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Examining UBS's Profit-Led Inflation Theory
UBS recently proposed an informal theory of profit-led inflation. The theory suffers from three issues—so more work is required to understand greedflation.
A memo from Paul Donovan, Chief Economist at UBS, has been causing a stir on Twitter recently. In it, Donovan argues that inflation was driven by corporate greed in the aftermath of the pandemic. That is, we experienced greedflation.
Donovan’s memo is interesting because it lays out precisely how he thinks greedflation operates. This post examines Donovan’s informal theory and compares it to the formal pricing theory developed by Erik Eyster, Kristof Madarasz, and I in a 2021 paper titled “Pricing under Fairness Concerns”. I bring up our theory here because it shares all the elements of Donovan’s theory—unlike more standard pricing theories. It therefore provides a formal foundation to the ideas proposed by Donovan, and it can be used to check the logic of Donovan’s argument.
UBS’s theory of profit-led inflation
So what is Donovan’s theory of profit-led inflation? He articulates it as follows:
Developed economies have had three waves of inflation since the pandemic: transitory inflation for durable goods; commodity inflation; and finally profit margin-led inflation.
Profit margin-led inflation is not caused by a supply-demand imbalance. Profit margin-led inflation is when some companies spin a story that convinces customers that price increases are "fair, " when in fact they disguise profit margin expansion.
Technically, companies are able to use stories to reduce their customer's price elasticity of demand.
Raising rates to reduce demand will eventually squeeze profit margin-led inflation, but it is a crude and unnecessarily destructive policy approach.
Convincing consumers not to passively accept the price increases is a potentially faster and less destructive way of reversing profit margin-led inflation. Social media might have a role to play in this process.
This theory involves three interesting elements: concerns about the fairness of prices, stories that influence perceptions of fairness, and variable price elasticity of demand.
While a variable elasticity of demand is present in several pricing models, fairness concerns and stories are not. There are a few papers that introduce fairness concerns into pricing, most notably by Julio Rotemberg. There is also some work on stories in macroeconomics, principally by Robert Shiller. But overall, these are uncommon assumptions in pricing models.
Our theory of pricing under fairness concerns, on the other hand, involves the exact same three elements as Donovan’s theory.
Our theory of pricing under fairness concerns
Our theory first assumption is that customers care about the fairness of prices. Customers dislike unfair prices, which are prices marked up steeply over cost. They like fair prices, which are those with a low markup over cost. Formally, in the utility function, we assume that each unit of consumption is weighted by a fairness function that is decreasing in the markup perceived by customers. A lot of evidence suggests that people’s perceptions of fairness and unfairness are influenced by markups, as discussed in a previous post.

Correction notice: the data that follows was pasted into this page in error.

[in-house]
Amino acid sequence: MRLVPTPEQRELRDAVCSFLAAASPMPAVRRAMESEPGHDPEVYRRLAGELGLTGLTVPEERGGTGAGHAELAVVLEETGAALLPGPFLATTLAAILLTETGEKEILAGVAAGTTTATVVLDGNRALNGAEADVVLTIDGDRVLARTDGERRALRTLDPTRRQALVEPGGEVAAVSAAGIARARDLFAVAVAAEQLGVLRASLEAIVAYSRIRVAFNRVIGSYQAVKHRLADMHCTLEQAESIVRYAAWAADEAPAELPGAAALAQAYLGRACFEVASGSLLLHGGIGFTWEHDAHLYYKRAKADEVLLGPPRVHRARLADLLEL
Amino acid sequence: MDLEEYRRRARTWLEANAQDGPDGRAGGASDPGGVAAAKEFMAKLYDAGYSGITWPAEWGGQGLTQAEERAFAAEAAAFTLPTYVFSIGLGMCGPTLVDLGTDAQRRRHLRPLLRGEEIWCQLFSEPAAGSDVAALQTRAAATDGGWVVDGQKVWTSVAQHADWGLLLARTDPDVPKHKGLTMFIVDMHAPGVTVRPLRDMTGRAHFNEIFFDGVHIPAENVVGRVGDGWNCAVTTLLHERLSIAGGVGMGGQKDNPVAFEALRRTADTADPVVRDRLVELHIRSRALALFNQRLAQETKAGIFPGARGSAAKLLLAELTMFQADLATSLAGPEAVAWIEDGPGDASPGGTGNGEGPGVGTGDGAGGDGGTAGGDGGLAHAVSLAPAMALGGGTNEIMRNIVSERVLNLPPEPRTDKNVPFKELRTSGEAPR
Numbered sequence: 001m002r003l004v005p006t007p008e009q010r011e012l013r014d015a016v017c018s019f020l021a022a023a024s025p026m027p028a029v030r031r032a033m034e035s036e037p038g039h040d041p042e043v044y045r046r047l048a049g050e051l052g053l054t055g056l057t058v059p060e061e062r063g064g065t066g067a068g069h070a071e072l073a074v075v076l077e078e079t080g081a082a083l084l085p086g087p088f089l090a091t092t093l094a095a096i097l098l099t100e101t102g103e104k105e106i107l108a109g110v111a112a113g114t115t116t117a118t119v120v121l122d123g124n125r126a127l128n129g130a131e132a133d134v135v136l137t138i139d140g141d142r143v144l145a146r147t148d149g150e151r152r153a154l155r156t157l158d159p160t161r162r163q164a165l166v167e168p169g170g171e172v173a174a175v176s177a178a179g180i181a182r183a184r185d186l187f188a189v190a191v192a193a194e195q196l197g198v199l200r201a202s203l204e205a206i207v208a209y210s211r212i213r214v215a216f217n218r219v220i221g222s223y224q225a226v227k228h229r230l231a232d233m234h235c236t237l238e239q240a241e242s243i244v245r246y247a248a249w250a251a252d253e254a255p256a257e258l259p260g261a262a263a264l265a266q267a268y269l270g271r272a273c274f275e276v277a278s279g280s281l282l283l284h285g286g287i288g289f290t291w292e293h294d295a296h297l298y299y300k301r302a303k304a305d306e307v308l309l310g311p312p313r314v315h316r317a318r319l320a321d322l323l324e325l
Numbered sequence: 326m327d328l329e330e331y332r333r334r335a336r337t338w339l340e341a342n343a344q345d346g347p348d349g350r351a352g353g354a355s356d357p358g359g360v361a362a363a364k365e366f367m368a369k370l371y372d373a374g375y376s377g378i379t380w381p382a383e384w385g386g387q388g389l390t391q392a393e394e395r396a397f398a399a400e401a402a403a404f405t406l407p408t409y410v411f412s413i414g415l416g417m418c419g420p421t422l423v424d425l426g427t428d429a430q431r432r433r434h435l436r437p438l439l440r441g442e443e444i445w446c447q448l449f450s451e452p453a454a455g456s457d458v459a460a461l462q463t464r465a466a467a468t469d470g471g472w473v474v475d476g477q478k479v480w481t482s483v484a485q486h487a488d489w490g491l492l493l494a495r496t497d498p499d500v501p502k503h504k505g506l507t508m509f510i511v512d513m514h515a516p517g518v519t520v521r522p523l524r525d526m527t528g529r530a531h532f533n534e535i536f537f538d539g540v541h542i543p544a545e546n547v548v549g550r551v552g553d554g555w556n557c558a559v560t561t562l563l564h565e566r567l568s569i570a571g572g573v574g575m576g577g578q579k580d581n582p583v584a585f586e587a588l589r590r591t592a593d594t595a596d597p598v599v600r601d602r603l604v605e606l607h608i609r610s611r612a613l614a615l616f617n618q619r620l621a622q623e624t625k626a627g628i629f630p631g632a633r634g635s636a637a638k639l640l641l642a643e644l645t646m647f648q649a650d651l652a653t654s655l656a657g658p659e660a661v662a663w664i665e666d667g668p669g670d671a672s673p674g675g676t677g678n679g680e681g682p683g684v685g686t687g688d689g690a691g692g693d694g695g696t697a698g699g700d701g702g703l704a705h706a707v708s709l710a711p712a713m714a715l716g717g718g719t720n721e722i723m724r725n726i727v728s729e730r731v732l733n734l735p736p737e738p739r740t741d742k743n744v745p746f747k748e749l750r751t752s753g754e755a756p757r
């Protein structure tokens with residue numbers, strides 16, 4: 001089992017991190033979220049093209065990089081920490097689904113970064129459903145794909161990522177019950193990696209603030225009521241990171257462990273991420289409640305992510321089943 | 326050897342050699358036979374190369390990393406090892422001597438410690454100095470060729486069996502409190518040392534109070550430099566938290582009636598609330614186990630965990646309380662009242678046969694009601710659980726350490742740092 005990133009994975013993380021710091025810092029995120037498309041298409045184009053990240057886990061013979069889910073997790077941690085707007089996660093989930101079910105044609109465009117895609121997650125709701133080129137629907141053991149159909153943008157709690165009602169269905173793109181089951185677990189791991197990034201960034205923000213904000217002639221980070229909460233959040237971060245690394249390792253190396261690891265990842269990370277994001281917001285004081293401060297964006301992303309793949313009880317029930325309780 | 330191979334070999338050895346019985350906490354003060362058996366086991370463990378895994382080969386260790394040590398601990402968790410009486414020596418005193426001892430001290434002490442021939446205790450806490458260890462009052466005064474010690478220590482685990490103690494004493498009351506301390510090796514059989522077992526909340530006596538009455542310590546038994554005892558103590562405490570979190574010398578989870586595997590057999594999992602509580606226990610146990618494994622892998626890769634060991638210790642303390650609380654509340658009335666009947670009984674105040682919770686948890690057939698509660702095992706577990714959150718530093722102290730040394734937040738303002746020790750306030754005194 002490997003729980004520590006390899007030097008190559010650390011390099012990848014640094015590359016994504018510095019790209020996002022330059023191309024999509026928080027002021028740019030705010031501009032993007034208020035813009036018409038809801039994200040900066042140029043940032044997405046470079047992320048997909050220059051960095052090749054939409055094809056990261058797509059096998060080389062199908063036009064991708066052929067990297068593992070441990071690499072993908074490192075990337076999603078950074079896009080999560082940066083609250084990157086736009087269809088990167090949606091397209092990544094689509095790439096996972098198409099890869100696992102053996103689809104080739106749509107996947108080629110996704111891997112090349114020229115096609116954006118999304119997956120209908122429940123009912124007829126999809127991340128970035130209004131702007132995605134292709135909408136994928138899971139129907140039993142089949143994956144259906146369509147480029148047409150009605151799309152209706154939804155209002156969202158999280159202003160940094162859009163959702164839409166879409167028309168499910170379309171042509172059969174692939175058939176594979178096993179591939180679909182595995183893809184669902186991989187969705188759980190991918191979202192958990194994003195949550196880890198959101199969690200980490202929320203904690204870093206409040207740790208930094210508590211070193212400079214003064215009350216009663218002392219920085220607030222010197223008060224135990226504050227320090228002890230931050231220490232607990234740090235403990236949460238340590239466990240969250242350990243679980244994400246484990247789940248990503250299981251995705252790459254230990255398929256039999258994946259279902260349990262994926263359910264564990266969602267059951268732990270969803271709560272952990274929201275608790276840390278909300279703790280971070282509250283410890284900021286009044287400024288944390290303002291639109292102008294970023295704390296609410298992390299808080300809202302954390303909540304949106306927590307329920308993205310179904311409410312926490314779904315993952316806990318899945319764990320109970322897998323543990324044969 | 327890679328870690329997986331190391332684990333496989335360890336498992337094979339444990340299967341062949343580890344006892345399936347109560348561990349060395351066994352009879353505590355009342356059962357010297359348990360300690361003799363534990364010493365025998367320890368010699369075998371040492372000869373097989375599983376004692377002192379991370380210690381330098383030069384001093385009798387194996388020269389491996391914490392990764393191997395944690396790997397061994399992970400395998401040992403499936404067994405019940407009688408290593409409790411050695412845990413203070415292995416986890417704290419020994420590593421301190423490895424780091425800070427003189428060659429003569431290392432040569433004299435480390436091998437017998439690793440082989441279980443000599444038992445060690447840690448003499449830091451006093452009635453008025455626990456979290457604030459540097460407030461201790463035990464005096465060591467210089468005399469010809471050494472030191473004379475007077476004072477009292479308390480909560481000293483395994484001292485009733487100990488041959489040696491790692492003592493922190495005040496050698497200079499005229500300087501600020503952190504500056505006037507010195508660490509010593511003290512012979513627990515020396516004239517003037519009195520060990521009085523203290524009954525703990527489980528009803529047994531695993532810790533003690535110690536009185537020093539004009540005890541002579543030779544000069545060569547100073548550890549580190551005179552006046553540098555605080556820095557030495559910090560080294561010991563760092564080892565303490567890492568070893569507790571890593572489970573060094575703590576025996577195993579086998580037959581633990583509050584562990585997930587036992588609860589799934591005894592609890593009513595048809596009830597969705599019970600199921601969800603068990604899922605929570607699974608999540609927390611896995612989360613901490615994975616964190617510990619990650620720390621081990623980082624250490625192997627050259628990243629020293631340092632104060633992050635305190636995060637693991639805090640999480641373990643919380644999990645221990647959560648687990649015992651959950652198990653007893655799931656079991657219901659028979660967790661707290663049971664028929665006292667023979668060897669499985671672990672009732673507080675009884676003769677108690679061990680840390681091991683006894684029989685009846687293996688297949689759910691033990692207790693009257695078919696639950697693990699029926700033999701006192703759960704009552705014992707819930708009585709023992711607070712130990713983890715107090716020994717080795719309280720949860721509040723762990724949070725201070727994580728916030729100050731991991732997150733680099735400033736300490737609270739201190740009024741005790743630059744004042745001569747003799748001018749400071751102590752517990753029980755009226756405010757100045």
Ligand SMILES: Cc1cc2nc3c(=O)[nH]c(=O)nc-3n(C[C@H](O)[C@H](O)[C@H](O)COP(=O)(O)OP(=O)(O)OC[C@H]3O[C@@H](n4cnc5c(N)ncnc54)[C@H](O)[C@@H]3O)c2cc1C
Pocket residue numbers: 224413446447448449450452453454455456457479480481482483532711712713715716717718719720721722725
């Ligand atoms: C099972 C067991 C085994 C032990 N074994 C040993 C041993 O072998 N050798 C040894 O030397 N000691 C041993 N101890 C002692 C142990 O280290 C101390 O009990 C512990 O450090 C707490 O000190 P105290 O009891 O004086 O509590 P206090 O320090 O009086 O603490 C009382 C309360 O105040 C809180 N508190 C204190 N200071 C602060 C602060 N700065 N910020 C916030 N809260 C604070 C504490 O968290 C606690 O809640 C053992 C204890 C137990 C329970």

The second assumption is that customers do not observe firms’ costs, so they must infer them from prices. A key element of the theory is that customers infer less than rationally. When a price rises due to a cost increase, customers partially misattribute the higher price to a higher markup—which they find unfair. Conversely, when a price falls thanks to a cost decrease, customers partially misattribute the lower price to a lower markup. This is just a form of money illusion.
These perceived marginal costs are beliefs that customers hold about firm’s costs. They could be influenced by the stories mentioned in Donovan’s theory. If a firm is able to convince customers that their costs have increased, then perceived marginal costs will increase. Indeed, firms often try to explain to their customers that their costs have increased and that they had no choice but increase their prices in response.
I have collected a lot of anecdotal evidence of such stories over the years. Here is a taqueria announcing an increase in the cost of avocados:
Here is an increase in the cost of garlic announced at an Indian restaurant:
Here is a generalized increase in costs at a Thai restaurant:
Finally, here is an increase in the cost of foodstuff at a sausage shop:
It does appear that when costs go up significantly, firms try to explain the increase to customers as they raise prices. The goal of course is to raise the marginal cost that customers perceive so as to reduce the perceived markup—and in turn increase the perceived fairness of the transaction.
The particularly interesting connection between Donovan’s theory and ours is how perceived fairness affects pricing. In general, theories of fair pricing assume that customers refuse to shop at unfair stores (see for instance this paper by Julio Rotemberg). Our theory is a little different. Because fairness affects the marginal utility from consumption, it ends up influencing the price elasticity of demand faced by firms. When customers deem a transaction fair, the price elasticity of demand is lower; when they deem it unfair, the price elasticity of demand is higher. In other words, customers are more price sensitive when they feel unfairly treated.
As it happens, Donovan makes the same assumption. Unlike in standard models, firms’ demand curves have the property that when perceived markups are higher, transactions are seen as les fair, and demand curves are more elastic. This means that the perceived fairness of a transaction affects the markups that firms charge. In such models of monopolistic pricing, the profit-maximizing markup is a decreasing function of the price elasticity of demand. So when the price elasticity of demand is lower, firms will charge higher markups and make larger profits. By influencing the price elasticity of demand, perceived fairness also influences the markups that firms charge and the profits they make.